Literature and Consolation: Mark Thwaite on Hamlet

On the consolatory power of Shakespeare's work
William Shakespeare, 'Hamlet'

Mark Thwaite of ReadySteadyBook has written a deeply moving account of his experience reading Hamlet. A wonderful testament to the way literature can articulate our anxieties, and engage a new perspective on immense personal hardship:
In early December, I picked up a cheap paperback copy of "Hamlet". I'd never read "Hamlet" nor even seen it performed. The play has such cultural weight that a presumption of familiarity is attributed to anyone who might by considered by others to be "well read" (or some such). But the play -- the play that Harold Bloom calls a "poem unlimited" -- had almost wholly passed me by.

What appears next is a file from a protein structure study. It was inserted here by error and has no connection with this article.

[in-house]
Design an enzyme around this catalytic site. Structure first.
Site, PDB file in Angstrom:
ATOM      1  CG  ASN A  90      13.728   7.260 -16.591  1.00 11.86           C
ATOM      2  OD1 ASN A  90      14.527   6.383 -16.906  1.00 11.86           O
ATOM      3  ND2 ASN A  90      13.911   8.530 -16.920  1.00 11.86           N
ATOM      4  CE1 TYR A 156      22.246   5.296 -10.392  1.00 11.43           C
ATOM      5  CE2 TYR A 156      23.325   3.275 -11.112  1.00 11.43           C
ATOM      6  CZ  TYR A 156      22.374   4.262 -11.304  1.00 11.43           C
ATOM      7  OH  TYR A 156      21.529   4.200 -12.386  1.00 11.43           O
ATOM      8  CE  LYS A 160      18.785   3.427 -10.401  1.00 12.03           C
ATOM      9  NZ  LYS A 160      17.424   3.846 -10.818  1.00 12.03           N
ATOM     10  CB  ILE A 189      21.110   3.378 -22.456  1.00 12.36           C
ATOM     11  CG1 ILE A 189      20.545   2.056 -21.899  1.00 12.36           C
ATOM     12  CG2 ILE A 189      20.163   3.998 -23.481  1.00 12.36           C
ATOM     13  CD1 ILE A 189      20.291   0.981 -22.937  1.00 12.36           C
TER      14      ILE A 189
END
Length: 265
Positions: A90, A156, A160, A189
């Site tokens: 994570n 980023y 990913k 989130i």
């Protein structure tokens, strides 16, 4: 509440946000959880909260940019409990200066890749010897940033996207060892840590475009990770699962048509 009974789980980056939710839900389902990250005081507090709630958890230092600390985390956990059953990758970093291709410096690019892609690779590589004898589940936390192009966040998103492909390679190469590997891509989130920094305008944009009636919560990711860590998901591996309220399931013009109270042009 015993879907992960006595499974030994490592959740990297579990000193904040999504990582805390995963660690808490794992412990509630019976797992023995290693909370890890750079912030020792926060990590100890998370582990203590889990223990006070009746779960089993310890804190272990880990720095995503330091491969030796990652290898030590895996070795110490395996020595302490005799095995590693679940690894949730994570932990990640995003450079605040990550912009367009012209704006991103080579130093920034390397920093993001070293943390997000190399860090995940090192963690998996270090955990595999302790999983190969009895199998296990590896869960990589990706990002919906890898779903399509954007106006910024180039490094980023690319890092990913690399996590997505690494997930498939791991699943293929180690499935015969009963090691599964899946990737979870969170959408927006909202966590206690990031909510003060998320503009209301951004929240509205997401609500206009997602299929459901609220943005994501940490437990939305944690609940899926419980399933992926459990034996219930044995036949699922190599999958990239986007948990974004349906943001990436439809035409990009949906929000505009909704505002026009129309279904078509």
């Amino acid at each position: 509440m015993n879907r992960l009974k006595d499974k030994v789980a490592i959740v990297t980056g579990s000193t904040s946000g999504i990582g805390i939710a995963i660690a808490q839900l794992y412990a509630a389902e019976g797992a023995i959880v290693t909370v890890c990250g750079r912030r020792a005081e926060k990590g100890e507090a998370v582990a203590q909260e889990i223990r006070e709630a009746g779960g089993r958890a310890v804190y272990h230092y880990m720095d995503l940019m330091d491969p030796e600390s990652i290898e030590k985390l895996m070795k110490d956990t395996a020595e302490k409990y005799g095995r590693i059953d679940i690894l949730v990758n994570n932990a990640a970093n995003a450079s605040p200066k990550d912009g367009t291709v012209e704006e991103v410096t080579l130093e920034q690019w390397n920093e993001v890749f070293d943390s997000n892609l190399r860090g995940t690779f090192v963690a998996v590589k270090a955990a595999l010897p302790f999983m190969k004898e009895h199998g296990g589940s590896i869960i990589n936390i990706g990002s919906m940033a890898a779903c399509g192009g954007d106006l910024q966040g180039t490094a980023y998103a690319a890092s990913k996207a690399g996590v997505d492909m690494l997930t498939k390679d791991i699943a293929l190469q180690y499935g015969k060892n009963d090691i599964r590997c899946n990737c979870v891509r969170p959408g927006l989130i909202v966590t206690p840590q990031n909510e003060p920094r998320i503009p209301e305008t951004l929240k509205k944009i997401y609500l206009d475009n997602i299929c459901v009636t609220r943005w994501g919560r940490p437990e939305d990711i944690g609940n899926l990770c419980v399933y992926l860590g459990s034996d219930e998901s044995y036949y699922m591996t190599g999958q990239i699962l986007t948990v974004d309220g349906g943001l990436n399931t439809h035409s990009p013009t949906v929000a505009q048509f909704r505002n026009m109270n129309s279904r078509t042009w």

I'm not sure why I picked it up. I'm not sure why of the countless books in my book-lined, book-overloaded little flat, this tatty copy of "Hamlet" suggested itself as the book that might awaken me to books. But it did. And it did so insistently. You will all, I'm sure, know the outlines of the story of "Hamlet" better than I did. And, surely, unconsciously, half-consciously, I knew that something in the story of the antic Prince would unsettle my settled misery, would unencumber me of grief's sometimes comforting carapace, would make me aware that my own madness was merely the mildest confusion, a pale mania, cousin to mourning but a distant relation worthy of consideration but not the insistent indulgence I had been giving it. [Read More]

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